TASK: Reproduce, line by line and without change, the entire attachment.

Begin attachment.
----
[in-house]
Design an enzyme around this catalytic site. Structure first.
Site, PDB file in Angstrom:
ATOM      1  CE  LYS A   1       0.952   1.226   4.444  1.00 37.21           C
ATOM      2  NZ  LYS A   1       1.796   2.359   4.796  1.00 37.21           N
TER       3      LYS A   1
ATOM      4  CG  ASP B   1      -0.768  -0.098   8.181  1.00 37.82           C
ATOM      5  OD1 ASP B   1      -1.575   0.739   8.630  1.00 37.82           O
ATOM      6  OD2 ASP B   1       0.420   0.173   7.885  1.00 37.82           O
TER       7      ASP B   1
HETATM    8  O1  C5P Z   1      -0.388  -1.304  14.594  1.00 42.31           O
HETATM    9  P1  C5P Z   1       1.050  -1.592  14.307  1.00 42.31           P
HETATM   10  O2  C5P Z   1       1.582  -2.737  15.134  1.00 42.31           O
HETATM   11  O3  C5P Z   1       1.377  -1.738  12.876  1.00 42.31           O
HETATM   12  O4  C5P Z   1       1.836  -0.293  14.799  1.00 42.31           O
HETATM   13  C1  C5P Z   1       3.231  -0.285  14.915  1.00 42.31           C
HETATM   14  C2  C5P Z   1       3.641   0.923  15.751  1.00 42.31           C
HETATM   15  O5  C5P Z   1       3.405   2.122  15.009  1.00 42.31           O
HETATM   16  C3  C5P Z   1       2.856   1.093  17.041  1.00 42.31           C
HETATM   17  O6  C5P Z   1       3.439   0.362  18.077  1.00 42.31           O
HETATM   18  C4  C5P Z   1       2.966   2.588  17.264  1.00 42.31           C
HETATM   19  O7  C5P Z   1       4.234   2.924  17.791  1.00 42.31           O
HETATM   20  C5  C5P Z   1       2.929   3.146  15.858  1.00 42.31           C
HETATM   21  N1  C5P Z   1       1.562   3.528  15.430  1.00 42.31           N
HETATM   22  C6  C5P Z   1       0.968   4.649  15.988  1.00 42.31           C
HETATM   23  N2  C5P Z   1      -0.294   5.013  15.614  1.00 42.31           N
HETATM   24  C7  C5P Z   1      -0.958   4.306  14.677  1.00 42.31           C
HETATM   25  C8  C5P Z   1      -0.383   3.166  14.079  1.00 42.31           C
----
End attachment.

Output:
[in-house]
Design an enzyme around this catalytic site. Structure first.
Site, PDB file in Angstrom:
ATOM      1  CE  LYS A   1       0.952   1.226   4.444  1.00 37.21           C
ATOM      2  NZ  LYS A   1       1.796   2.359   4.796  1.00 37.21           N
TER       3      LYS A   1
ATOM      4  CG  ASP B   1      -0.768  -0.098   8.181  1.00 37.82           C
ATOM      5  OD1 ASP B   1      -1.575   0.739   8.630  1.00 37.82           O
ATOM      6  OD2 ASP B   1       0.420   0.173   7.885  1.00 37.82           O
TER       7      ASP B   1
HETATM    8  O1  C5P Z   1      -0.388  -1.304  14.594  1.00 42.31           O
HETATM    9  P1  C5P Z   1       1.050  -1.592  14.307  1.00 42.31           P
HETATM   10  O2  C5P Z   1       1.582  -2.737  15.134  1.00 42.31           O
HETATM   11  O3  C5P Z   1       1.377  -1.738  12.876  1.00 42.31           O
HETATM   12  O4  C5P Z   1       1.836  -0.293  14.799  1.00 42.31           O
HETATM   13  C1  C5P Z   1       3.231  -0.285  14.915  1.00 42.31           C
HETATM   14  C2  C5P Z   1       3.641   0.923  15.751  1.00 42.31           C
HETATM   15  O5  C5P Z   1       3.405   2.122  15.009  1.00 42.31           O
HETATM   16  C3  C5P Z   1       2.856   1.093  17.041  1.00 42.31           C
HETATM   17  O6  C5P Z   1       3.439   0.362  18.077  1.00 42.31           O
HETATM   18  C4  C5P Z   1       2.966   2.588  17.264  1.00 42.31           C
HETATM   19  O7  C5P Z   1       4.234   2.924  17.791  1.00 42.31           O
HETATM   20  C5  C5P Z   1       2.929   3.146  15.858  1.00 42.31           C
HETATM   21  N1  C5P Z   1       1.562   3.528  15.430  1.00 42.31           N
HETATM   22  C6  C5P Z   1       0.968   4.649  15.988  1.00 42.31           C
HETATM   23  N2  C5P Z   1      -0.294   5.013  15.614  1.00 42.31           N
HETATM   24  C7  C5P Z   1      -0.958   4.306  14.677  1.00 42.31           C
HETATM   25  C8  C5P Z   1      -0.383   3.166  14.079  1.00 42.31           C